PETER JACKSON'S WORLD OF WARCRAFT


Lord of the Rings: Fellowship of the Ring (2001)
Lord of the Rings: The Two Towers (2002)
Lord of the Rings: Return of the King (2003)

directed by Peter Jackson, written by other unimaginative hacks, based on the book by J.R.R. Tolkien

If J.R.R. Tolkien hankered after a lost childhood, then Peter Jackson is the guy who never left it. Jackson's Lord of the Rings is the book as envisaged by a geek in short pants, by a fourteen-year-old boy whose mind has been blasted by too many computer games. It's an appalling, crass piece of cinema, wildly overrated by a lot of people who should know better. It's not even a good action film, even by the standards of action films of twenty years ago. Kids being brought up on this fare are being fed very thin gruel indeed.

The most dispiriting thing about Jackson's Lord of the Rings is the sheer lack of imagination evident at every moment. Jackson has no independent artistic vision; his visual vocabulary comes directly from D&D manuals, Warhammer miniatures, video games, fantasy illustrations. But unlike, say, George Lucas in the original Star Wars, he doesn't interpret his influences, he doesn't perform any artistic synthesis on them; instead, he merely reproduces them on-screen. His CGI serves up a dead facsimile of existing fantasy tropes. His orcs, elves, castles and wizards are stale images, predictable, all too familiar. We are not shown a strange and wonderful world, or a fresh retelling of a well-known myth (as in John Boorman's Excalibur); instead, we are offered the comfort of the familiar. People have told me that Jackson's movies "looked exactly like I had imagined the events in the novel." If that's true, then it's not a compliment.

As a director, Jackson's only visual signature, horror-movie cliches excepted, is the gratuitous helicopter shot. Throughout the nine hours of screen time, we are subjected to countless spinning aerial views of our heroes as they hike over the rugged scenery of New Zealand. It's scenes like these that remind me that Jackson's principal talent is as a businessman; few other directors would have the acumen to squeeze in so much blatant product placement in their medieval fantasy movie. At times, the sky tours of New Zealand become reminiscent of Njorl's Saga, the Monty Python sketch about an epic Icelandic drama sponsored by the North Malden Chamber of Commerce, with Nordic warriors bearing banners proclaiming "Invest in Malden". At its worst, which is quite frequently, Jackson's movie degenerates into a piece of provincial boosterism.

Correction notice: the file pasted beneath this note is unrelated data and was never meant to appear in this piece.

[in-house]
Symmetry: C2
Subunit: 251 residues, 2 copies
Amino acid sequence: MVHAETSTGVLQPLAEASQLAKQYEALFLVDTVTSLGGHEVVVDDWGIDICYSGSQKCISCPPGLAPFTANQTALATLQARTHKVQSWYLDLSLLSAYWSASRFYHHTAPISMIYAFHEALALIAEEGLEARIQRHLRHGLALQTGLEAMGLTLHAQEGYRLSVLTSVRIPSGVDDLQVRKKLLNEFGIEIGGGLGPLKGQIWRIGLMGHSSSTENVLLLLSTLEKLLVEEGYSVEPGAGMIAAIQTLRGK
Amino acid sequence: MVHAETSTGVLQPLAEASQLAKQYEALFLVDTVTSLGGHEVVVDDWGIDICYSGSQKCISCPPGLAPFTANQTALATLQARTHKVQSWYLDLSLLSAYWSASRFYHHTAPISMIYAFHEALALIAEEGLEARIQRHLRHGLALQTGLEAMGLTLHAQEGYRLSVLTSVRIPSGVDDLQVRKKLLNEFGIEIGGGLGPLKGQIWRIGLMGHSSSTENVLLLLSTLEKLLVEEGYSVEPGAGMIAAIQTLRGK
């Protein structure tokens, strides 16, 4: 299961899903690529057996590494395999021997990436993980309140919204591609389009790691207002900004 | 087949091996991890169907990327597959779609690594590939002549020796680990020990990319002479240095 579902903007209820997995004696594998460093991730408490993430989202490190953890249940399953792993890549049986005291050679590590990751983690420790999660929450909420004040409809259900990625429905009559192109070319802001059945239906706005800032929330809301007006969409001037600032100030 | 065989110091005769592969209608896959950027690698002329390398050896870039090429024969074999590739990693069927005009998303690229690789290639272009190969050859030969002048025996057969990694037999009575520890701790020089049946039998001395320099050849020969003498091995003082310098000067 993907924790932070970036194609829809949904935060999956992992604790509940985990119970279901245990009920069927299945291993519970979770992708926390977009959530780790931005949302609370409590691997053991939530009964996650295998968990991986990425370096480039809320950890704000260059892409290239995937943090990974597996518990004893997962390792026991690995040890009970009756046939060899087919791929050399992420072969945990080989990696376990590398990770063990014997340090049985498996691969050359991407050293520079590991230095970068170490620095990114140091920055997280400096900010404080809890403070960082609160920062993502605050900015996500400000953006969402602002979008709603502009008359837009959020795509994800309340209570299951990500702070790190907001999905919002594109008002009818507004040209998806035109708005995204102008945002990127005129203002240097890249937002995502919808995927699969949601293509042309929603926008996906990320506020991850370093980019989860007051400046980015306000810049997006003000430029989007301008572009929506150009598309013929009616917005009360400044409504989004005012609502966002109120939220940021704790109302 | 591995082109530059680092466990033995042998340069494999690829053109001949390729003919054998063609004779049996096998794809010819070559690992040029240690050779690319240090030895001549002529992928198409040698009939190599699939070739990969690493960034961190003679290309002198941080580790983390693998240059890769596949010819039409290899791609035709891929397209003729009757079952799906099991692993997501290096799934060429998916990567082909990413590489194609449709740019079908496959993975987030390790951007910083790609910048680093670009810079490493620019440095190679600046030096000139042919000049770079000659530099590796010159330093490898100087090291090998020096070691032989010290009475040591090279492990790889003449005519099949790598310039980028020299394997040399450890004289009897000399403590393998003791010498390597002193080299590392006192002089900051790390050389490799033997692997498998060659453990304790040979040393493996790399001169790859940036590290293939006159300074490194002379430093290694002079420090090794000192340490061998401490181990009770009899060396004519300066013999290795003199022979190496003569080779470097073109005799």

Like a lot of action movies these days, LOTR is short on basic storytelling competence. The first movie in particular is nearly incomprehensible without the book, a series of highlights presented in perfunctory, disorienting snippets, with little care for whether they make a coherent narrative. Watching it is rather like finding oneself on a whistle-stop coach tour for Alzheimer's patients, accompanied by the most condescending tour guide imaginable. For remarkably, the movie achieves its incoherence while at the same time explaining everything with painstaking, unbearable obviousness.

Time and again we are subjected to slo-mo scenes of hugging tearful hobbits, drenched in Howard Shore's aural syrup, to signal yet another moment when we are supposed to feel sorrowful, or elated, or both. I've seen fans of the movie criticise these scenes as if they were the exception to the general high standard of filmmaking on show, but in truth the entire movie series is exactly that crass. Nothing about it is subtle. All emotions, motives and plot points are telegraphed hours in advance and arrive a mile wide. Characters can't be tempted by the Ring without having some demonic CGI overtake their faces; and all characters are powerless before the Ring. Tolkien's book had a humane streak: some people -- notably Faramir -- were able to resist the Ring, or at least knew enough about themselves not to want to be exposed to it. Some are able to act with noble restraint in the face of such temptation. Jackson and his screenwriters, on the other hand, have a much more lazily cynical and less subtle view, which comes at least partly from following Screenwriting 101 to the letter. If there is a consistent theme to their alterations from the original, it's to make everyone weaker, more venal, more stupid.

Then there is Jackson's sickeningly twee depiction of the Shire, a merrie little England with greener-than-thou grass and the colour saturation turned up to 11. This is another missed subtlety. Tolkien's Shire may have been an idealised middle-England, but it was not simply an idealised middle-England. It was rife with class distinctions -- Merry and Pippin were of a higher social class than the parvenu Frodo, and his ambitious relatives the Sackville-Bagginses, and his lowly servant Sam. It was a somewhat stifling place, flat and insular, from which the more educated members yearned to escape. Upon their homecoming, Frodo and Sam, who performed the small matter of saving the world, were less celebrated than Merry and Pippin, who performed the smaller matter of saving the Shire. It's not like I'm demanding high art here: an action director with talent -- a John Carpenter, a Paul Verhoeven, a George Miller -- could communicate all this in a few short scenes. But Jackson is too busy with his fanboy's idea of the world, and sticks to the twee and easy.